Google doesn't leave anything to chance. That's why the search giant recently spent two years studying 180 teams in depth to discover what sets groups that achieve great things apart from those that lag. As my colleague Michael Schneider explained when the research was first released, the answer appears to come down not to the size of the brains on the team, but instead to how they interact with each other.

Things like dependability, structure, and clarity loomed large. But one factor stood out above all the rest in predicting which teams would soar: psychological safety. The key to effective teams, Google found, was creating an environment where people felt they wouldn't be ridiculed for voicing ideas and taking risks.

Which is totally fascinating, but maybe not instantly actionable. It's useful to know that intangible qualities like psychological safety are so important, but how do you know when you have all of them nailed down and when you still have more work to do? That's where a new post on Google's Re:Work blog comes in handy.

A five-question diagnostic for team performance.

The post features a 30-minute talk from Google people analyst Julia Rozovsky, which offers a deep dive into the company's research on team effectiveness, but it also contains a handy checklist of five questions teams should be able to answer in the affirmative if they want to attain rock-star status. Here they are:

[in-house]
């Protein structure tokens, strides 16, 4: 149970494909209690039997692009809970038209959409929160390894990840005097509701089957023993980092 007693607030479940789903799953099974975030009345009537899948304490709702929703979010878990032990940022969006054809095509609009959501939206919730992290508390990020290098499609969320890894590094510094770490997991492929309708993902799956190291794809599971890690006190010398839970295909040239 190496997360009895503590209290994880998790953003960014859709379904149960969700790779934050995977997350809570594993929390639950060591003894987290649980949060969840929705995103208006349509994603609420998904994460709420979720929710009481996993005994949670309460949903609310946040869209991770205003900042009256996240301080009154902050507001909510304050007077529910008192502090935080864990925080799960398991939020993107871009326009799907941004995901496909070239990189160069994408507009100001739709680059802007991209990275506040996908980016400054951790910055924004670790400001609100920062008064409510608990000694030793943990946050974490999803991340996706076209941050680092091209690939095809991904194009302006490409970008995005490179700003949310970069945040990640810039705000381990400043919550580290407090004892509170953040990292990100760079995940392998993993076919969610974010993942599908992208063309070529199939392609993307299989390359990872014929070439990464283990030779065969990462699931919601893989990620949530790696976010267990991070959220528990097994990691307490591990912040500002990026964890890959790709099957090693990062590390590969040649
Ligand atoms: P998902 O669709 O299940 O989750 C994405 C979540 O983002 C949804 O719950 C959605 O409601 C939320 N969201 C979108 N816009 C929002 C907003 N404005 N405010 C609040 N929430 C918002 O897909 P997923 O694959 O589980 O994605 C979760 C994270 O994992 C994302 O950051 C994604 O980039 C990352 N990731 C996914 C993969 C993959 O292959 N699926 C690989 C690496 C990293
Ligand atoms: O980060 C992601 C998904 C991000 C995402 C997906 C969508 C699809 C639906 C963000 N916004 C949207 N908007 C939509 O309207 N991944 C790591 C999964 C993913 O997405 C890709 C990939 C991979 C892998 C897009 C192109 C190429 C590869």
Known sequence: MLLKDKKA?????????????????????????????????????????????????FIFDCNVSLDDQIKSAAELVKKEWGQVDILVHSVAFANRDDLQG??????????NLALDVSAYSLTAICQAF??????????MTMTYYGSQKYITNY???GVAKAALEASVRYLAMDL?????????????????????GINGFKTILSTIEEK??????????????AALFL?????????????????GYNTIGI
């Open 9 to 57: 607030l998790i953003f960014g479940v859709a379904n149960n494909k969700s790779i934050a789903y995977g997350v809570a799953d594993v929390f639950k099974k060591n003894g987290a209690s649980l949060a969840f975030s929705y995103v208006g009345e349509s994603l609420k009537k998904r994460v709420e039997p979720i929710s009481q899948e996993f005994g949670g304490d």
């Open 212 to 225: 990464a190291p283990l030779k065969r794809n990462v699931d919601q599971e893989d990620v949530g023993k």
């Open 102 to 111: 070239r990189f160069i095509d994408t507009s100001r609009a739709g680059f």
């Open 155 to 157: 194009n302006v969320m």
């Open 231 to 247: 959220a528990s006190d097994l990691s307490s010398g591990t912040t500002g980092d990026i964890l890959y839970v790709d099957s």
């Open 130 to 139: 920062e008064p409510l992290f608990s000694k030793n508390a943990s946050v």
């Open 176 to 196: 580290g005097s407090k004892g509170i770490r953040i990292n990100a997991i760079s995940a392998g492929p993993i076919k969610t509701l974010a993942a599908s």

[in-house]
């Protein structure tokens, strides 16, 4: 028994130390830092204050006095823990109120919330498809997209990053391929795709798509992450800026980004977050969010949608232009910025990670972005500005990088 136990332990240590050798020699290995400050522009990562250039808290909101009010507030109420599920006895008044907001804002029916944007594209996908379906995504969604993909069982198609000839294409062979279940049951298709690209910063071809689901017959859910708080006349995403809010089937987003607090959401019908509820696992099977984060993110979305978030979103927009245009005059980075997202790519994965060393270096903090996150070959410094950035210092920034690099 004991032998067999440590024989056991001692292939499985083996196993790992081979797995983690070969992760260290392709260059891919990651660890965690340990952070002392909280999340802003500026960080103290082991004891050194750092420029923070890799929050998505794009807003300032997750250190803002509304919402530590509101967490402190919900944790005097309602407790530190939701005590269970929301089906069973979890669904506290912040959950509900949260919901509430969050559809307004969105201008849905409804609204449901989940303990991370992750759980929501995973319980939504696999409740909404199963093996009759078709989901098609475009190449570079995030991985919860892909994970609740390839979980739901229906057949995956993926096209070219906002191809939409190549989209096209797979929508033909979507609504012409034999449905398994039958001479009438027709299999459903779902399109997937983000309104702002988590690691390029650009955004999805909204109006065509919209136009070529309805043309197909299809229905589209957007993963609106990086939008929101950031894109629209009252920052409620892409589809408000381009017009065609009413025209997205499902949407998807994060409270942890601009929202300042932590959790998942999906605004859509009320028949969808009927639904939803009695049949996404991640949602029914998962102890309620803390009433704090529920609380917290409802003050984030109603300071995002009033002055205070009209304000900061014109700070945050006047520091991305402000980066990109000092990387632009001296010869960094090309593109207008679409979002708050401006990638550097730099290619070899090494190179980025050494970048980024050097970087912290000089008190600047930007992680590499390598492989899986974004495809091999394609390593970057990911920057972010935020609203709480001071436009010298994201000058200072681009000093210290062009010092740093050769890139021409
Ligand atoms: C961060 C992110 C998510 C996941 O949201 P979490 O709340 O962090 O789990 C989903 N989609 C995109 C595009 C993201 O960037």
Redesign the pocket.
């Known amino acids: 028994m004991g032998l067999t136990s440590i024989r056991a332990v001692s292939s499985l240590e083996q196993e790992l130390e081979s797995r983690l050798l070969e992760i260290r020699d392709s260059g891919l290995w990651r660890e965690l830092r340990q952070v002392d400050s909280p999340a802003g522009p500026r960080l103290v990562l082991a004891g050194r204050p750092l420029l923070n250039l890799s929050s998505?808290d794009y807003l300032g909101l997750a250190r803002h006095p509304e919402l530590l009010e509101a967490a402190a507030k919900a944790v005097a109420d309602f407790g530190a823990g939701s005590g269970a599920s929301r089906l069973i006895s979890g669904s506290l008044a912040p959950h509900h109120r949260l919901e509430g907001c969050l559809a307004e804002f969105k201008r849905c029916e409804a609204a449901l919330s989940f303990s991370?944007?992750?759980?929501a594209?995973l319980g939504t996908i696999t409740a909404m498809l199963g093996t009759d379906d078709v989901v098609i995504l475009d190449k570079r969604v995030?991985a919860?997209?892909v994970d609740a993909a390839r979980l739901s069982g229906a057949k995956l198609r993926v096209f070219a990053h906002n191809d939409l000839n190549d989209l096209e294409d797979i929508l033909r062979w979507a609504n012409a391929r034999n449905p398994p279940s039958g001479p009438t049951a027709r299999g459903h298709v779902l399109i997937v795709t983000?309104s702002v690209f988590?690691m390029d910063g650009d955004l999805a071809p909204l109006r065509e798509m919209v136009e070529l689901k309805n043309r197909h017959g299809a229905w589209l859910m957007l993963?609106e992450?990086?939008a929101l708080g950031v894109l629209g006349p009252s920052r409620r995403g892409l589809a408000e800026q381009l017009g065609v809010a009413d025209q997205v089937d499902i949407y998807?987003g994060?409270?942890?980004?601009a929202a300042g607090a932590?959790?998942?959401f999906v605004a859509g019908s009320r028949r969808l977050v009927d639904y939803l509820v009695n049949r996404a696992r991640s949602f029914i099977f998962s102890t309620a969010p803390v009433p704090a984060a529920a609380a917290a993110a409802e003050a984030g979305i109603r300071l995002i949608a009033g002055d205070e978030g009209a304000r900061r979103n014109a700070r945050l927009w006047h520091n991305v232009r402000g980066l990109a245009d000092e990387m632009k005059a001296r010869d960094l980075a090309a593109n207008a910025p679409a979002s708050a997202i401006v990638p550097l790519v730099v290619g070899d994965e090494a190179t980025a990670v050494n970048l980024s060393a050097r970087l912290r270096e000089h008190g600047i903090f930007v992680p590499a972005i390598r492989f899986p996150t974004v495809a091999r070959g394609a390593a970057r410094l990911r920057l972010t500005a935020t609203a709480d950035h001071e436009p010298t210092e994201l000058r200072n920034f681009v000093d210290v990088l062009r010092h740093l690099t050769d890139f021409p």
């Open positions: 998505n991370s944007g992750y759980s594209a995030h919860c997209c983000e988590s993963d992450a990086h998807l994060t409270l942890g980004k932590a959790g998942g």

1. Can we, as a team, take a risk without feeling insecure or embarrassed?

2. Can we count on each other to deliver high-quality results on time?

3. Are our goals, roles, and execution plans clear?

4. Are we working on something that is personally meaningful to each of us?

5. Do we fundamentally believe the work that we're doing matters?

"What we saw at Google was teams that could answer yes to each of those five questions, were disproportionately more likely to be an effective team," Rozovsky reports. Teams that answered yes also brought in much more revenue.

But the five questions aren't just a sort of report card to see how teams are currently doing. It's also a diagnostic tool leaders can use to see how they can improve the future performance of their teams. "This was a shortcut for us that we could show to leaders of where teams could focus their energy," Rozovsky adds.

So, what should you do if you're worried your team wouldn't exactly ace this test? The complete video below offers a ton of insights, but Google is even more generous with sharing the fruits of its research. It's also provided a whole suite of tools to help you be a more effective manager absolutely free. Those should help you raise your game and the performance of your whole team too.